Nearly 40 years of conflict have deeply affected Afghanistan. Despite the stabilisation objectives of the country announced by the international community, the security situation continues to deteriorate. 2016 was indeed a particularly bloody year and 2017 has begun in violence. The Afghan civilians have paid a heavy price, as have health structures and humanitarian aid workers.

Jabor, 15 years-old (photo 3), Abdul Satar, 8 years-old (photo 4) and Abdul Sardar, 10 years-old (photo 5), are three of Mahajubeen’s children, Chaghcharan, Ghor Province : 


Successive waves of violence have resulted in large population displacements, both within the country and into neighbouring countries (Iran and Pakistan). 2016 saw a new record in terms of population movement: more than 630,000 people fled their villages to safer places and more than 560,000 Afghans left Pakistan. Forced to return to their country of origin after more than 30 years, it is estimated that a total of 5.7 million of its exiled population have now returned to find themselves in serious difficulties, finding suitable shelter, providing for themselves and their families and having access to basic services. In addition, frequent waves of drought and natural disasters (floods, landslides, earthquakes) make the daily lives of millions of families across the country ever more difficult. In addition, the United Nations estimate that more than 250,000 people are affected by natural disasters (floods, landslides, earthquakes) every year in the different regions of Afghanistan.


“Before the war, we had a beautiful life. Then everything collapsed. We lost all our belongings and our house was burned. Today my children are not getting enough to eat, I have nothing to give to them; and we have to get water from the river because our neighbours refuse that we use their wells.” Zahra, Chaghcharan, Ghor Province.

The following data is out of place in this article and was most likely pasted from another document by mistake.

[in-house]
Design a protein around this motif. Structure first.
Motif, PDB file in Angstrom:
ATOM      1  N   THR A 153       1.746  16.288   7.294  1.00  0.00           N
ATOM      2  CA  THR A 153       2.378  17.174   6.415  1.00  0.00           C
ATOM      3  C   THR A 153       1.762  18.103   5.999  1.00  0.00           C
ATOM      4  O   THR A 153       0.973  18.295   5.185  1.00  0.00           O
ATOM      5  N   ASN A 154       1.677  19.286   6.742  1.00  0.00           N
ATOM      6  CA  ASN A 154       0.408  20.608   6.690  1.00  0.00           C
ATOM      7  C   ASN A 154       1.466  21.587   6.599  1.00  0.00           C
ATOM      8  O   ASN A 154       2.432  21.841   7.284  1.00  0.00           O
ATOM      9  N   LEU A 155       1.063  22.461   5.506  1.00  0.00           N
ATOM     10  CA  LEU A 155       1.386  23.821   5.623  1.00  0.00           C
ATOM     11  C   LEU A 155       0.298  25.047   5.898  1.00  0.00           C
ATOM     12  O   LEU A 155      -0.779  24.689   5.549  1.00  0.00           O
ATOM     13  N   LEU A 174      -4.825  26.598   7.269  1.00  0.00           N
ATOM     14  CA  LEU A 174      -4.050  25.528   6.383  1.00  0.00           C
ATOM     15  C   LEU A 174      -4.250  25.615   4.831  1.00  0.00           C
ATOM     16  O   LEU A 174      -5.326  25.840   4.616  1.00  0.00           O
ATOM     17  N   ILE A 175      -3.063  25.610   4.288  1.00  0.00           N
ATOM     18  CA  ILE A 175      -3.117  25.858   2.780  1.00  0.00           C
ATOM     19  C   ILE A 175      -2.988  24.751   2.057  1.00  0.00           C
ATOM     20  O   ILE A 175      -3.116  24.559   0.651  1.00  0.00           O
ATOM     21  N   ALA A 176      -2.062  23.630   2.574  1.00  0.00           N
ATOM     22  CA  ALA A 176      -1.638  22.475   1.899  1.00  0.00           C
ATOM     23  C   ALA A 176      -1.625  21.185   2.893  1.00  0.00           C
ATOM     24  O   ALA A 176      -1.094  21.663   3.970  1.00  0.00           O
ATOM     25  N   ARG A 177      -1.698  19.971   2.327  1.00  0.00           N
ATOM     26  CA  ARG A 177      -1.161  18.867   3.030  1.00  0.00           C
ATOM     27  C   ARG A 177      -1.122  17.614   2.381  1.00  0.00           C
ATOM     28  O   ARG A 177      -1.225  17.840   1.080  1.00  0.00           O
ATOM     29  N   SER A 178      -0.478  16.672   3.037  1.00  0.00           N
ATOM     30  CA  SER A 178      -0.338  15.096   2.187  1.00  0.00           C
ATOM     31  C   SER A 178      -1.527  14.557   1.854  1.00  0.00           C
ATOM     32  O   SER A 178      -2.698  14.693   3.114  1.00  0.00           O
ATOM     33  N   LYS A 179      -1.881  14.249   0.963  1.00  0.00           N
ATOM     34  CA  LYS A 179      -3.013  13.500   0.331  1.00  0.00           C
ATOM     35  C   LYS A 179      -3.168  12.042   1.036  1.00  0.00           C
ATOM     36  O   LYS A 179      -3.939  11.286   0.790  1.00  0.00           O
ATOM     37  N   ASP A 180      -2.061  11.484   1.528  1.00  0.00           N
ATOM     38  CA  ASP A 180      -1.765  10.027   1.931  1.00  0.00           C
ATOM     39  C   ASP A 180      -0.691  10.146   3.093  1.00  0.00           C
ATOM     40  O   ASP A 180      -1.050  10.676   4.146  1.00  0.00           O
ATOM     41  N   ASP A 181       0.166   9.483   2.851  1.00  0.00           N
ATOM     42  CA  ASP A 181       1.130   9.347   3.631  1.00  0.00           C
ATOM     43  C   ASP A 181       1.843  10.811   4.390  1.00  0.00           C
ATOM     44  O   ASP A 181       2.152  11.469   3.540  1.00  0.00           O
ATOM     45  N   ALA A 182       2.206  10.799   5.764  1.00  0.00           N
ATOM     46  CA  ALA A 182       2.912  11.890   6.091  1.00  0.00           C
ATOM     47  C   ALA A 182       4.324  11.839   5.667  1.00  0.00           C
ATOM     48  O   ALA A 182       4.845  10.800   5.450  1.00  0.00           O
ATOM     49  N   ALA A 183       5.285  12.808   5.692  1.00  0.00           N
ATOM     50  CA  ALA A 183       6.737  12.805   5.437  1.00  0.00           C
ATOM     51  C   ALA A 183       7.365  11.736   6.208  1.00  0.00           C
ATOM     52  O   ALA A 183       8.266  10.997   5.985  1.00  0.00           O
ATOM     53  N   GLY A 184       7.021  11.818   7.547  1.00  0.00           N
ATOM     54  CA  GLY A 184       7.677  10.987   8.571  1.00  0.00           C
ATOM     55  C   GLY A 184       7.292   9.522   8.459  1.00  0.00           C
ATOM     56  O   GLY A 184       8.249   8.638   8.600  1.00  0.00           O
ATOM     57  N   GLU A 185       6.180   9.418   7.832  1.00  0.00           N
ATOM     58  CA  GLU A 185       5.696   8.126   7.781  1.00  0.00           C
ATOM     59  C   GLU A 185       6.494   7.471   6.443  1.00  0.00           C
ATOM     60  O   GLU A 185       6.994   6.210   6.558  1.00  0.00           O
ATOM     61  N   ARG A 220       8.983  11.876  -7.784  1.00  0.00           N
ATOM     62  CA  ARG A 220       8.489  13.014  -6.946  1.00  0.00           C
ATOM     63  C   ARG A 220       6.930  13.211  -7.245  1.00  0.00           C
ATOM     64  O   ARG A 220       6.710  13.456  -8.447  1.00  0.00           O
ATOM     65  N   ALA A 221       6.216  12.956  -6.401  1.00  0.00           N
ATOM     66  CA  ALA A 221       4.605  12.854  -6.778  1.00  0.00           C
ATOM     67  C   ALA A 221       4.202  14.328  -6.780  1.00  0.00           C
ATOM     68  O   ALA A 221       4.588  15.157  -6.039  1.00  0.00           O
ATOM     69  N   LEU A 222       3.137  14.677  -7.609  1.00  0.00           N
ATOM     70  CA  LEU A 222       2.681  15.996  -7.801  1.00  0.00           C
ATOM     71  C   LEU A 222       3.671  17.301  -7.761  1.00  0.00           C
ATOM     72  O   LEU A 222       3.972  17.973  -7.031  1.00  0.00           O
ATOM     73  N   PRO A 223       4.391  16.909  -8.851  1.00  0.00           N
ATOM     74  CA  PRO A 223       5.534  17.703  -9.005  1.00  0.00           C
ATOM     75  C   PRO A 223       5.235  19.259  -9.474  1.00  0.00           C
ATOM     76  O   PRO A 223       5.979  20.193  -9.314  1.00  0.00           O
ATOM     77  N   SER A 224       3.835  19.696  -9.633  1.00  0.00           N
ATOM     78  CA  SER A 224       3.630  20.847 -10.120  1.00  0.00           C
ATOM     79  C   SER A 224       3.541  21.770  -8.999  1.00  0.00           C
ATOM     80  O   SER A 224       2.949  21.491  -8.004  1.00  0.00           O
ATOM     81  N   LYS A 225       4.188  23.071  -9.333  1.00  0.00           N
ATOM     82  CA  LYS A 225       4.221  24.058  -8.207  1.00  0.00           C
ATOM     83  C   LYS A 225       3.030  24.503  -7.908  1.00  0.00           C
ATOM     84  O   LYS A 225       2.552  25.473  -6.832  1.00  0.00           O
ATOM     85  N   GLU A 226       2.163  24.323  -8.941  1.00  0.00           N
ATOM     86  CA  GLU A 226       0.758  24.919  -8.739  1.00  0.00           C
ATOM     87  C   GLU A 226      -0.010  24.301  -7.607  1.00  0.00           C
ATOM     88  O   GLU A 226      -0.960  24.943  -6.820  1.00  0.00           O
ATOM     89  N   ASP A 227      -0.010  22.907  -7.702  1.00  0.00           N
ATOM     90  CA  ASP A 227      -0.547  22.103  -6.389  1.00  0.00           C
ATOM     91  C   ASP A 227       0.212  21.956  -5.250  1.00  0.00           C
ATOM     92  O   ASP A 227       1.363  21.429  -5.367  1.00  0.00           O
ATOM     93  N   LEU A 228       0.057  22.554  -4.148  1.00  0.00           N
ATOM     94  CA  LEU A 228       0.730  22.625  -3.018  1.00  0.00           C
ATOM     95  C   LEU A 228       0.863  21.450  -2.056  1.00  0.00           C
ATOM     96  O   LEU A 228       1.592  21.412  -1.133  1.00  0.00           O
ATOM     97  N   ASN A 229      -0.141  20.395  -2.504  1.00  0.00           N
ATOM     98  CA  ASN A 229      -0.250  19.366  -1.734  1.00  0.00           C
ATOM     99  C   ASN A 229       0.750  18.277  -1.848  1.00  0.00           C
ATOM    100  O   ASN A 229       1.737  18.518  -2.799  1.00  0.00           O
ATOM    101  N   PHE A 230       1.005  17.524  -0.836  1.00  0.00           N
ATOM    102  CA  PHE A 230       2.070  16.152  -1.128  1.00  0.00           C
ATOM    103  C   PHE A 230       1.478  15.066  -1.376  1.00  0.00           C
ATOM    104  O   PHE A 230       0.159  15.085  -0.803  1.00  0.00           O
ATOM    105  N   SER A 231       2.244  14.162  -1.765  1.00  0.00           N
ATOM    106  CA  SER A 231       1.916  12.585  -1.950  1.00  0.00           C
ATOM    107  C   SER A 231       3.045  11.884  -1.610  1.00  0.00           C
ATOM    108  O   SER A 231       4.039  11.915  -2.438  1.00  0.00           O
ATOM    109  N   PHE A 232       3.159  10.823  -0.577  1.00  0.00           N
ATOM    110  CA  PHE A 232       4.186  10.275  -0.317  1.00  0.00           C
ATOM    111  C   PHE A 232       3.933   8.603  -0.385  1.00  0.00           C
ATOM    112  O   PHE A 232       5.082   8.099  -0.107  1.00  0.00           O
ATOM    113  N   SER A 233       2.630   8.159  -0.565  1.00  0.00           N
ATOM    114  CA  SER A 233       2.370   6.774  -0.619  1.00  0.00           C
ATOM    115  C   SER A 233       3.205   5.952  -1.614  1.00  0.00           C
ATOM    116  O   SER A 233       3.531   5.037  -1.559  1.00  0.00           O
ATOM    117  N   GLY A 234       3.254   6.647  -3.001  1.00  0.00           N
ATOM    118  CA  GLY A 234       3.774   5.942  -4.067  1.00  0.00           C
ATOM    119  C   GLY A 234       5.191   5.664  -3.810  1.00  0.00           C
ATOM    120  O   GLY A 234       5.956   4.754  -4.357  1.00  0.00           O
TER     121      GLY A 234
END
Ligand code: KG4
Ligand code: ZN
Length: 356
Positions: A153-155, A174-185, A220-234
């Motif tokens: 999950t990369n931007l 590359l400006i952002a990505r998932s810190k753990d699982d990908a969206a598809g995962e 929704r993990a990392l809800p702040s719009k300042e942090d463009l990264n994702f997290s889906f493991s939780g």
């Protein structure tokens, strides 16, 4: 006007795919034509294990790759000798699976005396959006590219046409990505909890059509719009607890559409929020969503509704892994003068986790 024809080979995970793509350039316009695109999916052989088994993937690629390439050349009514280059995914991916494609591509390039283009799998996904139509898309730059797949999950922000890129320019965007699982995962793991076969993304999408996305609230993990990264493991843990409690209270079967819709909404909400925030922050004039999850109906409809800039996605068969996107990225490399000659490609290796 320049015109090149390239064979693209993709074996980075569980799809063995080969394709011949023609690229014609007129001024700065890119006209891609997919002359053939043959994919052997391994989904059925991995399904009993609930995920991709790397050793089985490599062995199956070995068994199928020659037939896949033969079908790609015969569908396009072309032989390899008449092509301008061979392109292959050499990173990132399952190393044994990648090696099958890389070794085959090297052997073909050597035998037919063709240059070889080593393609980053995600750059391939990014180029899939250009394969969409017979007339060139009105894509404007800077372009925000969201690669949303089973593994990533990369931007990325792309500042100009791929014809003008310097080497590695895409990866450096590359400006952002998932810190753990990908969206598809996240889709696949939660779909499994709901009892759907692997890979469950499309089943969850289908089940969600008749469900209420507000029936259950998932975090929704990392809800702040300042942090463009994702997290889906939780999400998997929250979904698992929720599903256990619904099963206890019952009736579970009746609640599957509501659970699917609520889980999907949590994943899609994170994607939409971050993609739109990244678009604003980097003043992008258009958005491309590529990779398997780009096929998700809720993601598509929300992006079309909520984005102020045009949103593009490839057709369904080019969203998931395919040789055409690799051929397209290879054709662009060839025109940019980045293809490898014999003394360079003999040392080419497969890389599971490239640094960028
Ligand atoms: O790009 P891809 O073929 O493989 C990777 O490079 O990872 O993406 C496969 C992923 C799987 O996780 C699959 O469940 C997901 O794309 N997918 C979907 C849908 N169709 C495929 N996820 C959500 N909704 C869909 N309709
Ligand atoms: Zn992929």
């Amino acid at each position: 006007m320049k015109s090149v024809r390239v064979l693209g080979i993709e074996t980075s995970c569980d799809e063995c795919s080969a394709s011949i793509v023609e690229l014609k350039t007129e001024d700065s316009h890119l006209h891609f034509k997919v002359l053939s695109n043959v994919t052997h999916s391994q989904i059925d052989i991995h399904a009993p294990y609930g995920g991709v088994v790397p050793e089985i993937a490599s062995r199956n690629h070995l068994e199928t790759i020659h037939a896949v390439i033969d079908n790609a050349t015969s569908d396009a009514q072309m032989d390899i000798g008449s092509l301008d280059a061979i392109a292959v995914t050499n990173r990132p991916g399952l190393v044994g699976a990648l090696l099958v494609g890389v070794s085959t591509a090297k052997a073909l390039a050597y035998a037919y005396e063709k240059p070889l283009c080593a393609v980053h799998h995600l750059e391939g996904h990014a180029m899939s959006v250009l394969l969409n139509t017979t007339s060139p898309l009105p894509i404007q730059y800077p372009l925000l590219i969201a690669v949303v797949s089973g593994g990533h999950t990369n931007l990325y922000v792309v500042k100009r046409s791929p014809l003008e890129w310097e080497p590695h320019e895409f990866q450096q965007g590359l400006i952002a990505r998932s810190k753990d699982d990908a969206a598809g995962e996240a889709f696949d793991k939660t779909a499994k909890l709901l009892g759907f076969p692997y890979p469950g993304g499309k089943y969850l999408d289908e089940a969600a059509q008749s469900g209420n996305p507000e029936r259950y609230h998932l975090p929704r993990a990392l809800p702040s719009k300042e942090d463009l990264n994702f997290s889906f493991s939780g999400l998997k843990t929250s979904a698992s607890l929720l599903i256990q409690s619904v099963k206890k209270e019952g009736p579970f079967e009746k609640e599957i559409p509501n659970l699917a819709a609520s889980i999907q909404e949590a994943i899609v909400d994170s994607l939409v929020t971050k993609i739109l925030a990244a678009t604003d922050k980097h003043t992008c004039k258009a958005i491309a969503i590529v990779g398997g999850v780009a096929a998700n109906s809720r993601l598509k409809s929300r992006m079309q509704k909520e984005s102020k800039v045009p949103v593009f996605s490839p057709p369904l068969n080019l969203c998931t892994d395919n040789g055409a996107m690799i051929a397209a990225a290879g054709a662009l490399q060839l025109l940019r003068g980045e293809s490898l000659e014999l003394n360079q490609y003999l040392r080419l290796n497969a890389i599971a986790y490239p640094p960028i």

The current conflict continues to prevent NGOs from accessing certain areas of the country in order to assess the needs of populations and to implement their programs. Essential services remain inaccessible for parts of the population, especially for rural communities and displaced persons. 2015 and 2016 were both record years in terms of the number of attacks on health services and workers: 125 attacks were reported in 2015, compared with 59 reported in 2014 and 33 in 2013. During the first half of 2016 alone 64 attacks were reported.

Bibi Khaki (left) and Khodadad (right), from the neighbouring Badghis Province. Chaghcharan, Ghor Province.

Kimkhai (left) and Khan Bibi (right), from the neighbouring Badghis Province. Chaghcharan, Ghor Province.

The most vulnerable are once again the first victims: since 2013 the number of child-victims has continued to increase year after year. In 2016, 2,461 child-victims were counted, an increase of 15% compared to the figure in 2015. However the number of children killed because of the conflict is less than 1 % of the number of children dying of malnutrition per year in Afghanistan. Acute malnutrition and severe acute malnutrition rates have been noted – sometimes well above emergency thresholds, particularly in camps for displaced persons.

It has been established that conflict and insecurity are the major obstacles when it comes to accessing necessary services and that these also have a huge impact on chronic malnutrition and stunting.